Skatefest 2013 What: Get on the ice! A Savannah tradition. Each session is 1.5 hours. When: Daily through Jan. 4. 10 a.m., 12:30, 3, 5:30, 8 & 10:30 p.m Where: Savannah Civic Center, 301 West Oglethorpe Ave. Cost: $7 per person. Skatefest pass: $35 for 6 sessions. Info:

27 Friday

Angela Beasley's End of Year Puppet Workshop & Show

What: Puppet People's World of Let's Pretend. Children learn to make their own puppet which will be followed by a puppet show. When: 11 a.m Where: Puppet People Studio, 3119 Furber Ave. Cost: $10 children. $5 adults. Info: 912-355-3366.

Davenport House Holiday Evening Tours By Candlelight

What: In the Spirit of “Mutual Congratulations, of Feasting and Merriment†Listen to music from the early 19th century. Taste short bread and cider in the garden. Hear the story of early 19th century holiday celebrations. Historic dancing demonstration. When: Dec. 26-30, 6-8:30 p.m Where: Davenport House, 324 East State St. Cost: Adults: $9/advance, $11/door. Children ages 6-18: $6/advance, $8/ door. Info: 912-236-8097.

Free Downtown Garage Parking

What: Three (3) hours of free parking in City Parking Garages every Thursday and Friday through Dec. 27.(Note: not offered during times when garages are charging special event rates.)

Holiday Happenings at Oatland Island Wildlife Center

What: Great winter activities for the week after Christmas. Hearth Cooking, Animal Encounters, Wolf Wilderness 101 and a Winter Night journey in the planetarium. Complete schedule on When: Dec. 26-31 Where: Oatland Island Wildlife Center, 711 Sandtown Rd. Cost: $3 - $5. Some programs have increased fees of $2. Info: (912) 395-1500.


Saturday Angela Beasley's End of Year Puppet Workshop & Show

What: Puppet People's World of Let's Pretend. Children learn to make their own puppet which will be followed by a puppet show. When: 11 a.m Where: Puppet People Studio, 3119 Furber Ave. Cost: $10 children. $5 adults. Info: 912-355-3366.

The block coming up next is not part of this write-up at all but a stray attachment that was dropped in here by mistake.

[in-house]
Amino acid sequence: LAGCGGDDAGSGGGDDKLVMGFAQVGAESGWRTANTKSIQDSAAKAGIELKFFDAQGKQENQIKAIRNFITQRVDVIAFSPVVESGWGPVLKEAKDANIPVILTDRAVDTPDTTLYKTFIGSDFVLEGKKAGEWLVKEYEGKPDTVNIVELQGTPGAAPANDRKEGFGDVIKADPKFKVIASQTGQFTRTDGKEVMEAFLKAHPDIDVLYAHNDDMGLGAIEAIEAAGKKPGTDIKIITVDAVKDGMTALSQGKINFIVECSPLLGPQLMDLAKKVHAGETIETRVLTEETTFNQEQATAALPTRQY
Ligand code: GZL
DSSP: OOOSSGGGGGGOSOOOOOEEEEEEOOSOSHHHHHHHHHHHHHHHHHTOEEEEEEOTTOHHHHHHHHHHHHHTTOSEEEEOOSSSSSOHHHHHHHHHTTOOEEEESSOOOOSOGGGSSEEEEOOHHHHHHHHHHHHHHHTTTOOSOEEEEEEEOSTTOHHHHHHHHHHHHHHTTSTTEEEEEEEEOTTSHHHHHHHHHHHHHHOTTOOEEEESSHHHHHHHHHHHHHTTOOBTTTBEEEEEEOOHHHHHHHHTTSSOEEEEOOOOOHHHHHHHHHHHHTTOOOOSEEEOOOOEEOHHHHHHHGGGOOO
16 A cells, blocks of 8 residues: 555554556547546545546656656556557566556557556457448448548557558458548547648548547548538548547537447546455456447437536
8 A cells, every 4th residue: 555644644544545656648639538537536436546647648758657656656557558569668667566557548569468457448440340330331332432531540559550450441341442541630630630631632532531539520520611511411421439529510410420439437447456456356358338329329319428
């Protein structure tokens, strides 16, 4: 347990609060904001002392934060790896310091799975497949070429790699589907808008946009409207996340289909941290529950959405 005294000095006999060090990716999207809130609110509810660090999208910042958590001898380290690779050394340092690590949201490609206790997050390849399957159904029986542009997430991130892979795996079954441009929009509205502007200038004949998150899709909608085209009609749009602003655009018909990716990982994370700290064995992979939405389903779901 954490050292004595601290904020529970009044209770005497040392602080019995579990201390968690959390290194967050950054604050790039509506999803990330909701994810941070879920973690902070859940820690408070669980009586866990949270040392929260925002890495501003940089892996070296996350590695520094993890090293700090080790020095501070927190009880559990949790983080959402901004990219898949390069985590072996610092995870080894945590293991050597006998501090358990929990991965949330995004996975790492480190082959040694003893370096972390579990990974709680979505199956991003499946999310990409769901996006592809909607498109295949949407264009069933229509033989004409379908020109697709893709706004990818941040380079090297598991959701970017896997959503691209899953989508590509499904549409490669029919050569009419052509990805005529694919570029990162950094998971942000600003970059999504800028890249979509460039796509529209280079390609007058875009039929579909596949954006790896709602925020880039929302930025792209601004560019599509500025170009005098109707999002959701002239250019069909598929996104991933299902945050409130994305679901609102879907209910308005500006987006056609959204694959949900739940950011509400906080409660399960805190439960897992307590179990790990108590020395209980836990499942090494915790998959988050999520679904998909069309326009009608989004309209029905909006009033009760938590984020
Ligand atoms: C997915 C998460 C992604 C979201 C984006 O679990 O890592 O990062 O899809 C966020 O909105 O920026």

Davenport House Holiday Evening Tours By Candlelight

What: In the Spirit of âMutual Congratulations, of Feasting and Merriment Listen to music from the early 19th century. Taste short bread and cider in the garden. Hear the story of early 19th century holiday celebrations. Historic dancing demonstration. When: Dec. 26-30, 6-8:30 p.m Where: Davenport House, 324 East State St. Cost: Adults: $9/advance, $11/door. Children ages 6-18: $6/advance, $8/ door. Info: 912-236-8097.

Film: The Broken Circle Breakdown (Belgium/Holland, 2013)

What: Elise has her own tattoo shop and Didier plays the banjo in a bluegrass band. When a tragedy hits their new family, everything they know and love is tested. In English and Flemish with English subtitles. When: 5 & 8 p.m Where: Muse Arts Warehouse, 703 Louisville Rd. Cost: $8 Info:

What: CinemaSavannah screens this year’s favorite of critics and audiences all over Europe. Elise has her own tattoo shop and Didier plays the banjo in a bluegrass band. When an unexpected tragedy hits their new family, everything they know and love is tested. Nominated for six European Film Awards, and a multiple winner of the Berlin and Tribeca Film Festivals. In English and Flemish with English subtitles. When: 5 & 8 p.m Where: Muse Arts Warehouse, 703 Louisville Rd. Cost: $8 Info: